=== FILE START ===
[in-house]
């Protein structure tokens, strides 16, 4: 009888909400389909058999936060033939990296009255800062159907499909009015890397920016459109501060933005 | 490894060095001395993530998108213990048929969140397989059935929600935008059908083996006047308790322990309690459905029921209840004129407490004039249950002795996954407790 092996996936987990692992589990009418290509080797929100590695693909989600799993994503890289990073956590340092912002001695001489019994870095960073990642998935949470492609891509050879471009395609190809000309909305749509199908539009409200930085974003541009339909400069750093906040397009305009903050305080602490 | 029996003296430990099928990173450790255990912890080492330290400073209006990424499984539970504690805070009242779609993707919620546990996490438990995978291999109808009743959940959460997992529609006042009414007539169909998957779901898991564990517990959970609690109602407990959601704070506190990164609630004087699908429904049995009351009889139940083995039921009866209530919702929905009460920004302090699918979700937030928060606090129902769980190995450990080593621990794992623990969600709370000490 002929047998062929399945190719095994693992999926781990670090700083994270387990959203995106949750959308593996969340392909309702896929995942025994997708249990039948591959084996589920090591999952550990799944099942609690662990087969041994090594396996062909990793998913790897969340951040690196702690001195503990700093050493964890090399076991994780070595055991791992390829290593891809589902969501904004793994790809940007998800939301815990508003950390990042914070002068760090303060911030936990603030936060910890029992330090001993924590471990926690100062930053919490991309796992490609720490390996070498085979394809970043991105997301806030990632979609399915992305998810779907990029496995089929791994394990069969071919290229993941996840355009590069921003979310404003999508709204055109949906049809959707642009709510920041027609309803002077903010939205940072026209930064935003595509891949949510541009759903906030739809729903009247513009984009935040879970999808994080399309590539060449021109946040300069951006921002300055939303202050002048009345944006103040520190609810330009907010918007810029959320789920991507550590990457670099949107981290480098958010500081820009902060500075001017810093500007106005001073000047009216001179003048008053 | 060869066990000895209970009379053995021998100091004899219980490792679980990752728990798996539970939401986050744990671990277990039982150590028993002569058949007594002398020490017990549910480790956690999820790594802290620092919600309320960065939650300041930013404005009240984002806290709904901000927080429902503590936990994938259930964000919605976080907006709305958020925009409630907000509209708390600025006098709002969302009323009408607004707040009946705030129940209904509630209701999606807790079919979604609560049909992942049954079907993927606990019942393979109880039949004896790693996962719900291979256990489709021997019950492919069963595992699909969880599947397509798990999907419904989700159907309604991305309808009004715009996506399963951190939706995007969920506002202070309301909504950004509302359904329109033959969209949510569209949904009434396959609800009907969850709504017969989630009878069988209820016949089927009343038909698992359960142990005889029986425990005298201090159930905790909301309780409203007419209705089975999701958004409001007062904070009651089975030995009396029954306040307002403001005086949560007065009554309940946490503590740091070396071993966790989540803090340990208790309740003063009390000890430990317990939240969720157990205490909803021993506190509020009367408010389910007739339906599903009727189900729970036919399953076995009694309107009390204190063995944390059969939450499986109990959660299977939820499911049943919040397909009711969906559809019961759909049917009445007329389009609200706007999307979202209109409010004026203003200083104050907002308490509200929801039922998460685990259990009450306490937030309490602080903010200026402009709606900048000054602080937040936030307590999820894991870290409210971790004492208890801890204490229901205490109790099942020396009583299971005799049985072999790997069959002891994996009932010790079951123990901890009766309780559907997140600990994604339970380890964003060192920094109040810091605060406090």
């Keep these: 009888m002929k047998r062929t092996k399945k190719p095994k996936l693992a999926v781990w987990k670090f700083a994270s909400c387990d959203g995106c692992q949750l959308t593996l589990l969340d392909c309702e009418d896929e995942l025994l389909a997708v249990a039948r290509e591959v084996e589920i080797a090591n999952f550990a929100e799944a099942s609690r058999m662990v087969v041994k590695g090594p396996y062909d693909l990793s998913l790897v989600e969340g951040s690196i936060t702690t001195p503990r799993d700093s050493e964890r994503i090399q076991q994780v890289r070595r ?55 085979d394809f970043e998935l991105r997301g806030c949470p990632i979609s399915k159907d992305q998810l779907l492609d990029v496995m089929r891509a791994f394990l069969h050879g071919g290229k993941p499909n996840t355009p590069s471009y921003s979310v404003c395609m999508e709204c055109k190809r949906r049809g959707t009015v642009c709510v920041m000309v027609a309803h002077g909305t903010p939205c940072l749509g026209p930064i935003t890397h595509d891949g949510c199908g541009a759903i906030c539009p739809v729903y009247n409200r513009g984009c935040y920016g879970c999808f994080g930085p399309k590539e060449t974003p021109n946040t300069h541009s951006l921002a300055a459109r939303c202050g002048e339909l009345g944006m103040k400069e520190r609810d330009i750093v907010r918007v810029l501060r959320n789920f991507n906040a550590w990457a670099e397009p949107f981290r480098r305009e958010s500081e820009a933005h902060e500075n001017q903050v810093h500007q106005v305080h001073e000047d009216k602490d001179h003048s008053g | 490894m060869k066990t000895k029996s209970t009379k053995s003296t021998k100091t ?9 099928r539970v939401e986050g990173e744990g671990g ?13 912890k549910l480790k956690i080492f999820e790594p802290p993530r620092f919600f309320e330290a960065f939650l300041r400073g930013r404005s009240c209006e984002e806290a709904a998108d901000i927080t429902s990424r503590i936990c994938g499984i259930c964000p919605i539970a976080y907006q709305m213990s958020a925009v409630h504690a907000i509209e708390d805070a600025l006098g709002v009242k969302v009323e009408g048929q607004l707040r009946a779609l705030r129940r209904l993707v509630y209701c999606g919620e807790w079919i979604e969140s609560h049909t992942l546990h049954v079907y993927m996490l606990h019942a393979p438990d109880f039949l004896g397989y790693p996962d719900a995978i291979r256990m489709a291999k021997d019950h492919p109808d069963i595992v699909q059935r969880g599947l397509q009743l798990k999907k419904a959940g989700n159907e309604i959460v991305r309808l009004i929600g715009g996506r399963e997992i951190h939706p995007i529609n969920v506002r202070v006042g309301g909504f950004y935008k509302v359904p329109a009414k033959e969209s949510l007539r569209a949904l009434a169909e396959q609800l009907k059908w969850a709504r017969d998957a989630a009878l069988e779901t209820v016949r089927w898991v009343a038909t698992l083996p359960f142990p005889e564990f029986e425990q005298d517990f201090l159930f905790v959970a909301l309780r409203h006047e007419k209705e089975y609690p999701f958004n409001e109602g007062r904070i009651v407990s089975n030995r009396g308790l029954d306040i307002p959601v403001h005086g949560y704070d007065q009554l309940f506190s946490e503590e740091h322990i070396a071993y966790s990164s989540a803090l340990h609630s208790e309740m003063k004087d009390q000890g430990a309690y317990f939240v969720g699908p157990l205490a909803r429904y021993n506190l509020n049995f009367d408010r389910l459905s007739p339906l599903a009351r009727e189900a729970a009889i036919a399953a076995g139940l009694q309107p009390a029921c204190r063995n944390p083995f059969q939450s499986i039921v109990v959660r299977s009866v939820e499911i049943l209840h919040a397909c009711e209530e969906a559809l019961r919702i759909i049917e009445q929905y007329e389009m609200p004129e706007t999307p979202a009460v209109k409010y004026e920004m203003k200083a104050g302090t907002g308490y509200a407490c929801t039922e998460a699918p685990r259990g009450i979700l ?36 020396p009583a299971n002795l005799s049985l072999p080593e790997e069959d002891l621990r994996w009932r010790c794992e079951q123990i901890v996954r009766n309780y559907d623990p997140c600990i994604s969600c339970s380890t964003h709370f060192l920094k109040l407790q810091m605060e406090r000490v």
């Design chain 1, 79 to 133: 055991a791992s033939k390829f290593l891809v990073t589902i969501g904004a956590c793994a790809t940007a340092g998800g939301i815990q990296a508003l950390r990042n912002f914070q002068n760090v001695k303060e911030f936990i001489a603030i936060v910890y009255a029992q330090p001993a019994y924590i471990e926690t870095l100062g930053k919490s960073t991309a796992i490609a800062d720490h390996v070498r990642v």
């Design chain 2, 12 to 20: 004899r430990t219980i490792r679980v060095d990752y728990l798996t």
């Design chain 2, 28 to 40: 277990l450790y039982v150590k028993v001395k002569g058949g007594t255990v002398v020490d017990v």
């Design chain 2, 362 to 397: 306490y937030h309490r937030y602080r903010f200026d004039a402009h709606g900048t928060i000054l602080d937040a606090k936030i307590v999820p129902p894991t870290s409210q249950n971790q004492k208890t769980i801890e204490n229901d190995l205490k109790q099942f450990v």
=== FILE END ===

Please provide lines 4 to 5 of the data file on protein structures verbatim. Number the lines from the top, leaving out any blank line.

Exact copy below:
């Design chain 1, 79 to 133: 055991a791992s033939k390829f290593l891809v990073t589902i969501g904004a956590c793994a790809t940007a340092g998800g939301i815990q990296a508003l950390r990042n912002f914070q002068n760090v001695k303060e911030f936990i001489a603030i936060v910890y009255a029992q330090p001993a019994y924590i471990e926690t870095l100062g930053k919490s960073t991309a796992i490609a800062d720490h390996v070498r990642v």
């Design chain 2, 12 to 20: 004899r430990t219980i490792r679980v060095d990752y728990l798996t």